There were also the different newspaper editors who had fairly inflammatory articles about the Mormon Church. For editors, Mormonism was the big topic. Mark Twain talked about Mormons. They were either pro-Mormon or they were anti-Mormon. Some of them hadsaid some very harsh words. Whether or not they were founded remains to be seen.
They added a lot of fuel to the fire when they traced an assassination attempt made on the Missouri’s governor back to Porter [Rockwell], who was traced to be the right-arm man of Joseph Smith. So, by innuendo, they alluded that Joseph Smith had tried to assassinate the governor of Missouri.
These things were in print, and of course reasonable people should be able to get along. This is an over-generalization. but I’ve noticed that people now have more blended personalities. It seems like if you go back two or three generations, the people you talk to had more distinct characteristics. They were more black and white, and as we become more civilized, our individual characteristics become muted shades of gray. We work out differences more today; in that era, the tension grew to the point where there was armed conflict.
When some of the members of the Mormon Church put out a newspaper that was then destroyed after one article because there were some things in that first edition that were not complimentary towards the leadership of the Church, then supposedly the leadership of the Church authorized destroying that paper. That was one of the things Joseph was charged for when he was taken to Carthage.
So you had members in the Church itself that were disenchanted, and there was friction within, and the outlying community picked up on that. It had to be a simmering cauldron. It’s hard to imagine or visualize what the whole tension was like in this area at the time. We really don’t have that many facts to go by. What you generally see as facts is a slander of bias, depending on who’s writing it and what their interpretation was. It would have been a very interesting time.
Q. What do you know about polygamy practiced in Nauvoo?
A. Joseph had a revelation that allowed for the installation of plural wives. I’ve read that in some cases members left the Church because of the revelation. Emma herself did not agree with the concept. There were some husbands and wives where the wife would have to tearfully depart from her husband because she was in an arrangement with Joseph. It’s hard for us to understand the kind of power he must have held over the members of his Church.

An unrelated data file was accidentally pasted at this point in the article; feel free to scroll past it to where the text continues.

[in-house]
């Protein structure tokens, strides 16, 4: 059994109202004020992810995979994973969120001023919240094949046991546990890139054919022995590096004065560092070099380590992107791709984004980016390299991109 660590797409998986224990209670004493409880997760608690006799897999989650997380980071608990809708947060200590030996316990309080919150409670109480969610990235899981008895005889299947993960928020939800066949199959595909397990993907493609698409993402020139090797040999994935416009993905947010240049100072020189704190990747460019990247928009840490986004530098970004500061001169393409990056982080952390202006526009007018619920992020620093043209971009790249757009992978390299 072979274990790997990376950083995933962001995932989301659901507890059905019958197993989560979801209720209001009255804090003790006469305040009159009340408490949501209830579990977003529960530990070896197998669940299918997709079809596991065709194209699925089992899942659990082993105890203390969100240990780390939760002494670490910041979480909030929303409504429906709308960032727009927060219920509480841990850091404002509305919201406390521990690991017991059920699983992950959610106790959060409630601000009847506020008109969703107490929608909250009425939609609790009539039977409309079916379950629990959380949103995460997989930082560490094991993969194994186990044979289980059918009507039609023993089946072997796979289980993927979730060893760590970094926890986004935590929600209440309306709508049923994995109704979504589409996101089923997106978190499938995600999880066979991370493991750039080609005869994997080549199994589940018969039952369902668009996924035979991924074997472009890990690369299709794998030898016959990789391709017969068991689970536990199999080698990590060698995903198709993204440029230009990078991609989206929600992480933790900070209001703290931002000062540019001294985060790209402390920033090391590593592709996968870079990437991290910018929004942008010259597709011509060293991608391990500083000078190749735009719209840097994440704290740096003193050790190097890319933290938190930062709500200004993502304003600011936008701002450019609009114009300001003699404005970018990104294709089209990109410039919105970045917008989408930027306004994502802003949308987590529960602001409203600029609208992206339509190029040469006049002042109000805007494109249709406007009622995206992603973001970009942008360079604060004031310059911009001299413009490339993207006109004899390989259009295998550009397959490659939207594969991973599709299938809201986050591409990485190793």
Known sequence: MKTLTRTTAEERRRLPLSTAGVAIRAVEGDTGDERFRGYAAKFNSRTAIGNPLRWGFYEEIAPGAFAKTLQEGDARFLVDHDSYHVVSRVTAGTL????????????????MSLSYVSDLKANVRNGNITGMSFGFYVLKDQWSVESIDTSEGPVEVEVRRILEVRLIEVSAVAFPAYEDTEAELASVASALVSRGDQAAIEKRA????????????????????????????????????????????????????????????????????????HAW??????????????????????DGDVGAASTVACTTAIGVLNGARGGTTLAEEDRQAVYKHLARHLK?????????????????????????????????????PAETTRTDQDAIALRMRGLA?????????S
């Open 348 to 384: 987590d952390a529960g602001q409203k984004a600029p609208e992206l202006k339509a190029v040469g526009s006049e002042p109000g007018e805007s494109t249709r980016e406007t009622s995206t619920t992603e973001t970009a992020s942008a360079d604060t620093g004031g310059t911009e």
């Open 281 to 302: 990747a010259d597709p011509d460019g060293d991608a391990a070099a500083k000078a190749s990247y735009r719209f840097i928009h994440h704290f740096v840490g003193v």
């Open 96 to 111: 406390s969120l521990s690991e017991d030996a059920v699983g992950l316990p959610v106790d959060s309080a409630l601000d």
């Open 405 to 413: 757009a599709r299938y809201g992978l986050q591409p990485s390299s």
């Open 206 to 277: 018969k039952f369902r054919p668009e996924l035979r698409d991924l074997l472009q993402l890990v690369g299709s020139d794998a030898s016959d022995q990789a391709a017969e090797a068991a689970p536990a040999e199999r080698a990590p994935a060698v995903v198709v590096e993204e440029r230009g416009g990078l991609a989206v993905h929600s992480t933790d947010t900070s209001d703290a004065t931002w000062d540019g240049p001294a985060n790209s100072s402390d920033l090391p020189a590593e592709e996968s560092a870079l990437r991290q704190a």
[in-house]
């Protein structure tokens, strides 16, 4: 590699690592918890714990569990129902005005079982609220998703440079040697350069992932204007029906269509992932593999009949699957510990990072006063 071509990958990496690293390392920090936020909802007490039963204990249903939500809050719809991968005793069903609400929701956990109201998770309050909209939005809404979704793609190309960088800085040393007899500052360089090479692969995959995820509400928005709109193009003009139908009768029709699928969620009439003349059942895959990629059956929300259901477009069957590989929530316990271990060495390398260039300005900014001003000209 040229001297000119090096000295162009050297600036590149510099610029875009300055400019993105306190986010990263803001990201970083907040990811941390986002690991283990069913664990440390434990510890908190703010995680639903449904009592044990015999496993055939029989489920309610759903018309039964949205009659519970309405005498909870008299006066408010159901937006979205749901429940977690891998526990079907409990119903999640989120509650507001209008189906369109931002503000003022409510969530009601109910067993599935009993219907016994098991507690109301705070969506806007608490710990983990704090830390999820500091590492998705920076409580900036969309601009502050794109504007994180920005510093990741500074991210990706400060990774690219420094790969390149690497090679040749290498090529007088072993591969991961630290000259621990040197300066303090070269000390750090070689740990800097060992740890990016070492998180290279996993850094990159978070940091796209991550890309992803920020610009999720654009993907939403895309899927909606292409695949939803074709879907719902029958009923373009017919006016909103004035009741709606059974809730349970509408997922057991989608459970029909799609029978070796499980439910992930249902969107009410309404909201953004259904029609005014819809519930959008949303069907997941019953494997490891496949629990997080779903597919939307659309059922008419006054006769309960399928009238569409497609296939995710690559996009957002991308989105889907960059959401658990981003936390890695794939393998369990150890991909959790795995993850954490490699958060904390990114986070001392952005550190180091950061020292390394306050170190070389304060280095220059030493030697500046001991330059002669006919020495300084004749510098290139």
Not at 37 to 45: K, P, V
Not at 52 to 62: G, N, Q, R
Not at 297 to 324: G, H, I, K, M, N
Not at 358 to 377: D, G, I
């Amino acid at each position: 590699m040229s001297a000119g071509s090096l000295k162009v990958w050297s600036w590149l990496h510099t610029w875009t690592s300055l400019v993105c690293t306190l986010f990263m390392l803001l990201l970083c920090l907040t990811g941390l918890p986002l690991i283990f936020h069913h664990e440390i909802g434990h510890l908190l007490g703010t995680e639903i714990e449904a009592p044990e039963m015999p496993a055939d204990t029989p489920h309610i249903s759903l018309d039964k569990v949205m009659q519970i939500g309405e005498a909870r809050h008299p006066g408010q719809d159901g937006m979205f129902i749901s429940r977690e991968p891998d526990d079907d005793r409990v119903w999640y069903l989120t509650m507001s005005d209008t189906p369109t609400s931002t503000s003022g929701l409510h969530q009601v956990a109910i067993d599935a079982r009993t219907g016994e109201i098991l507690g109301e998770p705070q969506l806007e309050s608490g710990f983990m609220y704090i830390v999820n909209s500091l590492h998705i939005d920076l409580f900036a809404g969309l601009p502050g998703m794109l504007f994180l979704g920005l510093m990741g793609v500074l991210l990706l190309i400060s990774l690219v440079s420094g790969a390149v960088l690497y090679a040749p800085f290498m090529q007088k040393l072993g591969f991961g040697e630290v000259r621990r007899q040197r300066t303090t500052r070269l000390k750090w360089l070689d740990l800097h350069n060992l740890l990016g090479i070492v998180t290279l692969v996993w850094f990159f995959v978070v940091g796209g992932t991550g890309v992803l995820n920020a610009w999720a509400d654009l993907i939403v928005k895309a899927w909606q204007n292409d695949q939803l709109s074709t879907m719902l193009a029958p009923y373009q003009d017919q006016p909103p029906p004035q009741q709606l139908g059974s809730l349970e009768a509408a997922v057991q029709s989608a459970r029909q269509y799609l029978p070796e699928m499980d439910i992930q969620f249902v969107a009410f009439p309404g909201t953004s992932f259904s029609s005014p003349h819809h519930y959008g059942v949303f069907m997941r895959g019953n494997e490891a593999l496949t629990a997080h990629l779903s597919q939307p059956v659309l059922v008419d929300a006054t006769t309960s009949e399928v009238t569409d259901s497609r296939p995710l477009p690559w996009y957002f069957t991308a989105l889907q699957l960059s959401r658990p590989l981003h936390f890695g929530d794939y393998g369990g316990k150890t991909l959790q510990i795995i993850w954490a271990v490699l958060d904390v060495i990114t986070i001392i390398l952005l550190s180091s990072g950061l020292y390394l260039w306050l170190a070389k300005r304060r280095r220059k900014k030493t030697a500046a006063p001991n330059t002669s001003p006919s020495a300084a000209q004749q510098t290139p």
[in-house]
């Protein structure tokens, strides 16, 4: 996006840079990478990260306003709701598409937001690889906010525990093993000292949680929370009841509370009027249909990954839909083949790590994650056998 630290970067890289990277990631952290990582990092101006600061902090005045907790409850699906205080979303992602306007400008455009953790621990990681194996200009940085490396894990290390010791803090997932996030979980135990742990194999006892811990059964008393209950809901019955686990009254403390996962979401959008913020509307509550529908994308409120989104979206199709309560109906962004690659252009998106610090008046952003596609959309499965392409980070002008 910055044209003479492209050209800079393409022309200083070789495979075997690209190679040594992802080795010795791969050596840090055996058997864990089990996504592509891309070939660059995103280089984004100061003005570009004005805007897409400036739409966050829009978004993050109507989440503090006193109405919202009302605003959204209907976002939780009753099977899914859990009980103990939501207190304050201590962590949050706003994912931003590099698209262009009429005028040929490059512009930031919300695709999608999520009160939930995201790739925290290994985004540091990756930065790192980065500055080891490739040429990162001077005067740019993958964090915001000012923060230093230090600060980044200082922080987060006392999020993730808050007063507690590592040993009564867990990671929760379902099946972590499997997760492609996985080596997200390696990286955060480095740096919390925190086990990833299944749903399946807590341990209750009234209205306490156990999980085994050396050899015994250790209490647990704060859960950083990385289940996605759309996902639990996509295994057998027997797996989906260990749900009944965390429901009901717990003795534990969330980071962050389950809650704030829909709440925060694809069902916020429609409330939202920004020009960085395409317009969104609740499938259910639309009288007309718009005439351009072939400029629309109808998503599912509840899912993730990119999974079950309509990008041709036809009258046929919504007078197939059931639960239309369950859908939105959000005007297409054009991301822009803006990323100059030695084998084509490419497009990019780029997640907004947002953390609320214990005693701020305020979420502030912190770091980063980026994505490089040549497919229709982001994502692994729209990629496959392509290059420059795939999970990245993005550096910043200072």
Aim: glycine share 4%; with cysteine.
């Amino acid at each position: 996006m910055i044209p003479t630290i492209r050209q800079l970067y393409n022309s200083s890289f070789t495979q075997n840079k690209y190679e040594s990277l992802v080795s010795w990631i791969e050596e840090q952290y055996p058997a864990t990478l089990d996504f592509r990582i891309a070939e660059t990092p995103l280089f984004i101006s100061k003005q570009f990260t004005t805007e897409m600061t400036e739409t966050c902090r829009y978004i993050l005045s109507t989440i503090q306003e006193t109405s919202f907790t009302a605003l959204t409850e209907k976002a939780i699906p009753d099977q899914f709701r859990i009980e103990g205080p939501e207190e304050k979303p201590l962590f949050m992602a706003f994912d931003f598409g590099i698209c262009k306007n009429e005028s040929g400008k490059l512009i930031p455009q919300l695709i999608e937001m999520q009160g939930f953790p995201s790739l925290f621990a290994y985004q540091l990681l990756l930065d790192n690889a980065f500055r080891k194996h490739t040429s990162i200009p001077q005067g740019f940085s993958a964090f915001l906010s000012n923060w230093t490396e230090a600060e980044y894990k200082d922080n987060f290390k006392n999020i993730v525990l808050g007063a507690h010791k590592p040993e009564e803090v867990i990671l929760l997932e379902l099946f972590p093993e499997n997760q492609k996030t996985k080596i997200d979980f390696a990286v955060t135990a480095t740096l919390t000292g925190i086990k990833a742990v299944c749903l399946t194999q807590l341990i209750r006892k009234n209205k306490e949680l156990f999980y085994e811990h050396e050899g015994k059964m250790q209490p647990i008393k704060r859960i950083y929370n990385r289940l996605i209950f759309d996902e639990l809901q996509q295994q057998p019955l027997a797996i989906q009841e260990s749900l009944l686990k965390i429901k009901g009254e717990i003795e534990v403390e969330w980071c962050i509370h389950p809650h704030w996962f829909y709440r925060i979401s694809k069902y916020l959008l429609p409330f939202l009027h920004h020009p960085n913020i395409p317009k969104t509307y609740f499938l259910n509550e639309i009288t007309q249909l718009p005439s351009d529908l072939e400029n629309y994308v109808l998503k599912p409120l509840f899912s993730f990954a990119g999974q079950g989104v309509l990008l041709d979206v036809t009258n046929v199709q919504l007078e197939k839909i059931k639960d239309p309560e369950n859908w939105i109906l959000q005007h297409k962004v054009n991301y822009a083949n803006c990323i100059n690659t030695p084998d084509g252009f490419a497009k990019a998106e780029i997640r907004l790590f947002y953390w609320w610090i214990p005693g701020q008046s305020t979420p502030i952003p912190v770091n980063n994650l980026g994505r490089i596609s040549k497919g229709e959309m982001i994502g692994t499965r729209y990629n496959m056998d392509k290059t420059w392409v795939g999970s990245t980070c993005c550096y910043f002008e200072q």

That was one of the stories that the Expositor put out, dealing with the possible fact that the members of the Church were influencing young female converts in a way that was not appropriate. They were using their influence of being members of the Church and determining plural marriages and they [Expositor editors] didn’t agree with the pressure being brought upon some of these young female converts coming into the Church. They were raising questions on that. Those are some of the stories that I have heard.
Q. What groups other than the Mormons left a legacy in Nauvoo?
A. German immigrants are probably one the most contributing factors for our lifestyle today. They came about the same time as the Icarians. They started most of the wineries you see, and literally there were thousands of barrels of wine produced here.
The Icarians were the biggest group that came in, and they occupied a lot of the buildings. The temple wasn’t completely destroyed when the Icarians came, and they tried to salvage the temple, but then a windstorm knocked the temple down, and at that point it wasn’t worth saving anymore. So they took the temple stone and built a large communal hall, which was here until around J 965. The Mormons bought the temple square from the Catholics at that time. They used it as a tourist information center for many years and they razed it, but that was built by the Icarians from the temple stone.